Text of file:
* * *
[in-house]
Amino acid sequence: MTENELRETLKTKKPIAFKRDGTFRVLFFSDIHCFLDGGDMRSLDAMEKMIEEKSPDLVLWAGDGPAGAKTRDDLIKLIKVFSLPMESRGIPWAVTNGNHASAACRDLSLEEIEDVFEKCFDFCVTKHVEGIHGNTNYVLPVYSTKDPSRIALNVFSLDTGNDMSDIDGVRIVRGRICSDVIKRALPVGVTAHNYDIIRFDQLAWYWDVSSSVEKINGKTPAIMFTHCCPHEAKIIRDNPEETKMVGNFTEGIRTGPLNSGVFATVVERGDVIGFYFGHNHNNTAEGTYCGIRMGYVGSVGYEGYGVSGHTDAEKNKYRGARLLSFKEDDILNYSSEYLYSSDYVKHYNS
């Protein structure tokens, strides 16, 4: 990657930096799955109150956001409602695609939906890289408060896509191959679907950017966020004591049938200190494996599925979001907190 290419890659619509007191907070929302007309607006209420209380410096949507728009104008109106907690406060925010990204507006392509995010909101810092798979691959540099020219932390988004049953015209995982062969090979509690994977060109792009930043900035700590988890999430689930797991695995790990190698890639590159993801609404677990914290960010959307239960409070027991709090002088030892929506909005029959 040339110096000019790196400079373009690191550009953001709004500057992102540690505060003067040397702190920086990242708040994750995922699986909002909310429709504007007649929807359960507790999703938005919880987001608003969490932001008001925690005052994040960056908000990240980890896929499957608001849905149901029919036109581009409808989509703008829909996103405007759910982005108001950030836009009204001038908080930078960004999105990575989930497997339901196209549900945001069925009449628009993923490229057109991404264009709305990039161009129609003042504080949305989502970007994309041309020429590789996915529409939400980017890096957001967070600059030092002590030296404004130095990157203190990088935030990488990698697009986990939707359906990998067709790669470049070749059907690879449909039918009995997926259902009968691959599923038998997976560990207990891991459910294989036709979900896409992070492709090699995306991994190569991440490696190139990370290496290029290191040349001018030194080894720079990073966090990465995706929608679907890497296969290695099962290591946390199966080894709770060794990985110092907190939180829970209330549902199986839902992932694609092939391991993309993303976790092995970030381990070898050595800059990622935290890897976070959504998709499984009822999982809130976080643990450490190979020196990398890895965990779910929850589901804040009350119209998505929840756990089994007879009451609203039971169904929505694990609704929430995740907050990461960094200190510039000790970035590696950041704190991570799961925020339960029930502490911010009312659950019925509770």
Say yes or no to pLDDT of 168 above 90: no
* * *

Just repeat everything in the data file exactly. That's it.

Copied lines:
[in-house]
Amino acid sequence: MTENELRETLKTKKPIAFKRDGTFRVLFFSDIHCFLDGGDMRSLDAMEKMIEEKSPDLVLWAGDGPAGAKTRDDLIKLIKVFSLPMESRGIPWAVTNGNHASAACRDLSLEEIEDVFEKCFDFCVTKHVEGIHGNTNYVLPVYSTKDPSRIALNVFSLDTGNDMSDIDGVRIVRGRICSDVIKRALPVGVTAHNYDIIRFDQLAWYWDVSSSVEKINGKTPAIMFTHCCPHEAKIIRDNPEETKMVGNFTEGIRTGPLNSGVFATVVERGDVIGFYFGHNHNNTAEGTYCGIRMGYVGSVGYEGYGVSGHTDAEKNKYRGARLLSFKEDDILNYSSEYLYSSDYVKHYNS
């Protein structure tokens, strides 16, 4: 990657930096799955109150956001409602695609939906890289408060896509191959679907950017966020004591049938200190494996599925979001907190 290419890659619509007191907070929302007309607006209420209380410096949507728009104008109106907690406060925010990204507006392509995010909101810092798979691959540099020219932390988004049953015209995982062969090979509690994977060109792009930043900035700590988890999430689930797991695995790990190698890639590159993801609404677990914290960010959307239960409070027991709090002088030892929506909005029959 040339110096000019790196400079373009690191550009953001709004500057992102540690505060003067040397702190920086990242708040994750995922699986909002909310429709504007007649929807359960507790999703938005919880987001608003969490932001008001925690005052994040960056908000990240980890896929499957608001849905149901029919036109581009409808989509703008829909996103405007759910982005108001950030836009009204001038908080930078960004999105990575989930497997339901196209549900945001069925009449628009993923490229057109991404264009709305990039161009129609003042504080949305989502970007994309041309020429590789996915529409939400980017890096957001967070600059030092002590030296404004130095990157203190990088935030990488990698697009986990939707359906990998067709790669470049070749059907690879449909039918009995997926259902009968691959599923038998997976560990207990891991459910294989036709979900896409992070492709090699995306991994190569991440490696190139990370290496290029290191040349001018030194080894720079990073966090990465995706929608679907890497296969290695099962290591946390199966080894709770060794990985110092907190939180829970209330549902199986839902992932694609092939391991993309993303976790092995970030381990070898050595800059990622935290890897976070959504998709499984009822999982809130976080643990450490190979020196990398890895965990779910929850589901804040009350119209998505929840756990089994007879009451609203039971169904929505694990609704929430995740907050990461960094200190510039000790970035590696950041704190991570799961925020339960029930502490911010009312659950019925509770």
Say yes or no to pLDDT of 168 above 90: no